Soil Borings at the Geddes Dam (1917)

Geddes Dam is located on the Huron River just east of US-23.

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Image Courtesy of Google

The current dam (shown below) was constructed after the previous dam failed in the great flood of June 1968.

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Geddes Dam from Dixboro Road

The previous Geddes dam was constructed in 1918 as part of a plan by the Detroit Edison Company to harness the Huron River for electrical power for all of Metro Detroit. The Argo, Barton and Superior Dams (among others) were constructed for this purpose as well.

I am very interested why the Geddes Dam failed in 1968 and in attempting to research the failure was led to the papers of Gardner S. Williams at the Bentley Historical Library. Williams designed the old Geddes Dam and oversaw its construction on behalf of Detroit Edison in 1918.

Before his design and construction efforts began however, he commissioned a site exploration to determine the soil conditions beneath the proposed dam site. Below are images of the first two pages from that study. The first page describes the methods used to complete the soil borings and the second describes some of the results.

 

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Page 1 – Courtesy of the Bentley Historical Library 

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Page 2 – Courtesy of the Bentley Historical Library

On Page 1 we find that Detroit Edison used a four-man crew to drive a 1-1/4″ pipe into the ground. The driving block was a 6×8″ by 3 foot piece of Oak dropped onto the pipe and suspended from a tripod. To collect the soil samples, they probably had to pull the whole pipe back out and then drop it back in to collect the samples at each recorded interval. Old boiler tube was also used as an outer casing to keep the hole from caving in the soft river sediments. Very simple, elegant and much more labor intensive when compared to the drill rigs currently used for soil investigations.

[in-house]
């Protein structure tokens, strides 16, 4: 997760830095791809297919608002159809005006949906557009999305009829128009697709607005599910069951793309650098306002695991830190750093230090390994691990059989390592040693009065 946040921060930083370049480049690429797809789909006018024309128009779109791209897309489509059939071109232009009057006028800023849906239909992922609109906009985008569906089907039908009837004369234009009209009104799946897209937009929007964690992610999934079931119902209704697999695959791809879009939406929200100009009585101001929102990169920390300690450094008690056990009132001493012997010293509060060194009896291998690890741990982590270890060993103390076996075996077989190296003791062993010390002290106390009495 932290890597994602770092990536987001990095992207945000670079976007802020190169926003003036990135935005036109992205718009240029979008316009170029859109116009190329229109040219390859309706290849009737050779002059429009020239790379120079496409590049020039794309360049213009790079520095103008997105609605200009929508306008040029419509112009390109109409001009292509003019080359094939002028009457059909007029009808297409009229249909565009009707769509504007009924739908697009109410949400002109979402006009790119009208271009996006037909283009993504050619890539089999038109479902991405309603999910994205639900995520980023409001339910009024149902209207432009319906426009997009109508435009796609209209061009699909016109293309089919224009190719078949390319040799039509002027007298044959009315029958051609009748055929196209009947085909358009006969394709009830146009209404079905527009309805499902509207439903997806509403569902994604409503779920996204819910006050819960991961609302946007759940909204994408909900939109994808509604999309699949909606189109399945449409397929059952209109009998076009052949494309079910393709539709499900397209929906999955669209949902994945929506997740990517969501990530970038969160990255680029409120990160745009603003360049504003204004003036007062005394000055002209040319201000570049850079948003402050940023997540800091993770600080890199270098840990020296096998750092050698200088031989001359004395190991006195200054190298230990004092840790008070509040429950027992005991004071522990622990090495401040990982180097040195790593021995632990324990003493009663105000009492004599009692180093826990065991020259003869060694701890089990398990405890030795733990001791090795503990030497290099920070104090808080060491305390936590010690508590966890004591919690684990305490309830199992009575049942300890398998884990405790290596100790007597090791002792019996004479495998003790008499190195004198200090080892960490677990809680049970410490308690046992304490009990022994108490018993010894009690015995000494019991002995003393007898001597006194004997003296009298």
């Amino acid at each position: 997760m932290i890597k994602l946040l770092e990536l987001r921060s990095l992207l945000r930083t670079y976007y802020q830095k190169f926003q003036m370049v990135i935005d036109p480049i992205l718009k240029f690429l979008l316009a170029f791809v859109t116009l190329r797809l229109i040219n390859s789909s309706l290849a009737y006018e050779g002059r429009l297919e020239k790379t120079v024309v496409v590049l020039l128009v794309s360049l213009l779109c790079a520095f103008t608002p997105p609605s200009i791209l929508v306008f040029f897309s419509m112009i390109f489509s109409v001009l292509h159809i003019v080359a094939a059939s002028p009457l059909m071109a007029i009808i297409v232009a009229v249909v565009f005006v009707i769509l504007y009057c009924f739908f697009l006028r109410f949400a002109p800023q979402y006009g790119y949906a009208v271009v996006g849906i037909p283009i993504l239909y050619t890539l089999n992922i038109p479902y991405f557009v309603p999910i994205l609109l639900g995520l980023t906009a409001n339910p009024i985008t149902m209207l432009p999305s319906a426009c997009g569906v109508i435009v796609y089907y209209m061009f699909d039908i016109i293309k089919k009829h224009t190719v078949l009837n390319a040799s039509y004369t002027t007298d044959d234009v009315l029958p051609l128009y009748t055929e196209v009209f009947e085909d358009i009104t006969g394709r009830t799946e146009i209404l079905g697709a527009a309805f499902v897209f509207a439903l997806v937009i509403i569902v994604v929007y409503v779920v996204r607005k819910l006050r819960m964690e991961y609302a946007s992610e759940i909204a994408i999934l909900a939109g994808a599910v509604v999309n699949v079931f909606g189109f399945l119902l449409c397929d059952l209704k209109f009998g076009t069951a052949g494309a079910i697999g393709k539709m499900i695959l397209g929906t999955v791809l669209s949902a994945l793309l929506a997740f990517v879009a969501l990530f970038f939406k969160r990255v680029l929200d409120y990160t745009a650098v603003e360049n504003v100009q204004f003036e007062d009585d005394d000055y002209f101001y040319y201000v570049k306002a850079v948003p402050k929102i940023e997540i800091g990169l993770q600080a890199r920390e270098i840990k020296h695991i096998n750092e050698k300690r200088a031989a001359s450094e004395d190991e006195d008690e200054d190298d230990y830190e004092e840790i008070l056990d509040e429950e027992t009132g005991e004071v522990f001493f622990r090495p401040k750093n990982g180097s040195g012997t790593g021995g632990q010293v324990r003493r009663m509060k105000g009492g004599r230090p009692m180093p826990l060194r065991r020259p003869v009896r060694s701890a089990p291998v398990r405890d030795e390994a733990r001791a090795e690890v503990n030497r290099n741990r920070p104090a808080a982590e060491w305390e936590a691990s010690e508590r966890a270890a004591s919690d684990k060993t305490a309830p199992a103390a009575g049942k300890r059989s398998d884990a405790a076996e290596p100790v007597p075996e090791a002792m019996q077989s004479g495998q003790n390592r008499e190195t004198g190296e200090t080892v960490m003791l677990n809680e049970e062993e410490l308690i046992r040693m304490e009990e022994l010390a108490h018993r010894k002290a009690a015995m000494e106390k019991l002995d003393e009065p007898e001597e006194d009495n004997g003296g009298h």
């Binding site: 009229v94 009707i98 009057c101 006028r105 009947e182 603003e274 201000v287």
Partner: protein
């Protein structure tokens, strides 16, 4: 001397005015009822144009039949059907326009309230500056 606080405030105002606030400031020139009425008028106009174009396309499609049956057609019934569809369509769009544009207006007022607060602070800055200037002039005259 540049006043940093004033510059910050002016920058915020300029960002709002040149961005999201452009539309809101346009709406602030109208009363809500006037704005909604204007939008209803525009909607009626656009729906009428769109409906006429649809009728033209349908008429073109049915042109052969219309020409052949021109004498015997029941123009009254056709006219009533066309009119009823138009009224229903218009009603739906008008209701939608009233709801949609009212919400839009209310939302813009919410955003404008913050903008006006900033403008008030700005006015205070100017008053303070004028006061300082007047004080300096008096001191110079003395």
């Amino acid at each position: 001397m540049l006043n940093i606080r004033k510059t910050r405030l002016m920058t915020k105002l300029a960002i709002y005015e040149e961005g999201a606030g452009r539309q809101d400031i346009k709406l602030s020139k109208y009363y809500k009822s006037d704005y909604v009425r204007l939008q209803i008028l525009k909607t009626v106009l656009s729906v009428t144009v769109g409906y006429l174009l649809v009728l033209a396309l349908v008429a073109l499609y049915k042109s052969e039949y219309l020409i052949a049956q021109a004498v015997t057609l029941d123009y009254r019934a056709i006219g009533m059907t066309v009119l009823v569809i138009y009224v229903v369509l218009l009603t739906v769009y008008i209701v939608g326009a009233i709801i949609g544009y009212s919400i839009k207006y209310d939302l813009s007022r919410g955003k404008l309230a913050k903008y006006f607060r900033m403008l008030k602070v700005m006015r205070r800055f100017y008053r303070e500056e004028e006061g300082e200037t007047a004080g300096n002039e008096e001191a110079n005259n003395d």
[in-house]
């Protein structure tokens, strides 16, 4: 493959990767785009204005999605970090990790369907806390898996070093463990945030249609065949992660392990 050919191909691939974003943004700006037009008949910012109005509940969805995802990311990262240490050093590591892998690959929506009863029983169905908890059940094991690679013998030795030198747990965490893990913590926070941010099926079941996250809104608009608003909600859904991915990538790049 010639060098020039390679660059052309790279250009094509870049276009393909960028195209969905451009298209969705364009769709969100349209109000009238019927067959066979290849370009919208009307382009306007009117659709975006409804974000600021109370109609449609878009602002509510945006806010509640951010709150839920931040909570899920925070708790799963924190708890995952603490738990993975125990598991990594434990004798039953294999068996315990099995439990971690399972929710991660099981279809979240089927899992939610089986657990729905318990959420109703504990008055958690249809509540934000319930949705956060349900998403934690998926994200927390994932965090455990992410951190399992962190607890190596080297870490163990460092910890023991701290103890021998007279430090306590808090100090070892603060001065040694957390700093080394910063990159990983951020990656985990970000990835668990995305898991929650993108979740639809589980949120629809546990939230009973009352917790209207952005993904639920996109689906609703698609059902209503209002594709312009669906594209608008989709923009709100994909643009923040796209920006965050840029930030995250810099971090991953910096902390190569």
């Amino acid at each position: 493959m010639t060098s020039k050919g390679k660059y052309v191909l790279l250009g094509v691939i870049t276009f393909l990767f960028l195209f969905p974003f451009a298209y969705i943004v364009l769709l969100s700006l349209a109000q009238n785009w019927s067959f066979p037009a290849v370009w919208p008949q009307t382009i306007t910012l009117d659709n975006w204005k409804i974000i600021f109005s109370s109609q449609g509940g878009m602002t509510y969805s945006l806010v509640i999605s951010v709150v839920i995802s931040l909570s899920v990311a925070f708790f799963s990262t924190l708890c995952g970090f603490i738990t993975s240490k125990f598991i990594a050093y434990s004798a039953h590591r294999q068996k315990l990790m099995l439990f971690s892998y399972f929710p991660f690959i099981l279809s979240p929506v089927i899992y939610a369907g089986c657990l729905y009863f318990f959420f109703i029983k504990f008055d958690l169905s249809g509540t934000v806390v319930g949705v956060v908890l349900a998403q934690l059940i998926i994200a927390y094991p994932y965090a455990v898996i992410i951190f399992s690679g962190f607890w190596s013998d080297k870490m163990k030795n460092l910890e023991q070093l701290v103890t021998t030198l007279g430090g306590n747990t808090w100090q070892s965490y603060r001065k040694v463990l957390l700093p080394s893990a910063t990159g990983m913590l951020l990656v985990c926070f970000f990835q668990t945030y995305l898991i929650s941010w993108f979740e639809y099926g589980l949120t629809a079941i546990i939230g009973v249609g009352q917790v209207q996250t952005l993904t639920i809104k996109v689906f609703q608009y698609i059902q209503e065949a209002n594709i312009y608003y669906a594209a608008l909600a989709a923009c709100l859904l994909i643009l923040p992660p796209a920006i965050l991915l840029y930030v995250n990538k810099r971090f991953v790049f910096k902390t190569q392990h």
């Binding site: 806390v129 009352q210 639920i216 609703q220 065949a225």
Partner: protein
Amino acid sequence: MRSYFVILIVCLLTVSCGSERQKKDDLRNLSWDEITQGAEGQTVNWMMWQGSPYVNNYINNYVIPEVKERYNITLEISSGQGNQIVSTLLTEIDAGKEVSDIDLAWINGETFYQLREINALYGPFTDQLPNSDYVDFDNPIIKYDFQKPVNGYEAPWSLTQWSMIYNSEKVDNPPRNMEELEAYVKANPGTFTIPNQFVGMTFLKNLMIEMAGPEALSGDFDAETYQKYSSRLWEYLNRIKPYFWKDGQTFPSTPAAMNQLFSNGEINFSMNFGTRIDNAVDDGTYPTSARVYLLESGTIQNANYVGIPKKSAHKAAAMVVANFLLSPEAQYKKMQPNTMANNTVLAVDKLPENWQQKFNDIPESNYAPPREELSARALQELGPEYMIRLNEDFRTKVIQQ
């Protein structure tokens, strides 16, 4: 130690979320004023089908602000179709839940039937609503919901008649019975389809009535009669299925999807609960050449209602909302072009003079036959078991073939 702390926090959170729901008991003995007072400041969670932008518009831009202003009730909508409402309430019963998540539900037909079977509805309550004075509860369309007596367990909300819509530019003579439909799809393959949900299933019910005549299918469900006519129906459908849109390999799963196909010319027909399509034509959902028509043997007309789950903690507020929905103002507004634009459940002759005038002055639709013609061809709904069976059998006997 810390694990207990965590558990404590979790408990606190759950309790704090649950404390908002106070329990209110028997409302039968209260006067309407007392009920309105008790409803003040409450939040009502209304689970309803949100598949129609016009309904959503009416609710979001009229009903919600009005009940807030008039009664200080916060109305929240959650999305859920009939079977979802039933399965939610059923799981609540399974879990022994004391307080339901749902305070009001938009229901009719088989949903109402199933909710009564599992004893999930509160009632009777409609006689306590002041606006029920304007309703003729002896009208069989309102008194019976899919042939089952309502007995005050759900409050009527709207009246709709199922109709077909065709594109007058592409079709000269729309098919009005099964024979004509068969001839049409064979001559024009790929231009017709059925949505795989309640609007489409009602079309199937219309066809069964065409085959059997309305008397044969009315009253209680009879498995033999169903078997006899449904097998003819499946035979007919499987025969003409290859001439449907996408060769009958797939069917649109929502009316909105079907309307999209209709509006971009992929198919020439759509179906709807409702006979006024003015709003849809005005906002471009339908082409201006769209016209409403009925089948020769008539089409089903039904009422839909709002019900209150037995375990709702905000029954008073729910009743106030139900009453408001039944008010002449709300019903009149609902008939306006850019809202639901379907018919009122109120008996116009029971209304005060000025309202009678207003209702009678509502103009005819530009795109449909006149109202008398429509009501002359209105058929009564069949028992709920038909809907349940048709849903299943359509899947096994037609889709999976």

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A Modern Drill-Rig (Courtesy of the Central Mine Equipment Company)

Although the methods were a bit different, the results found on Page 2 of Williams’ Geddes Dam investigatoin are largely similar to soil investigations of today. Complete descriptions of soil types, layer thicknesses, salient features and other defining characteristics are all detailed to give the engineer and designer as complete a picture as possible of the subsurface conditions.

To highlight this, below is an example page from a modern soil investigation (courtesy of the Washtenaw County Parks and Recreation Commission):

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The results are much more formalized in this modern example (from almost 100 years after the Geddes Dam borings) and much more data is provided but the general outline is the same. Concise information on soil conditions as compete as possible for the designer and engineer.

Although this was not the intent of my research, discovering the soil boring records for the old Geddes Dam was a very cool find as it provides a historical context for modern soil investigation practices and also a strong connection with those engineers whose shoulders we are standing on (and whose roads, bridges, dam, etc… are still used today).

 

 

 

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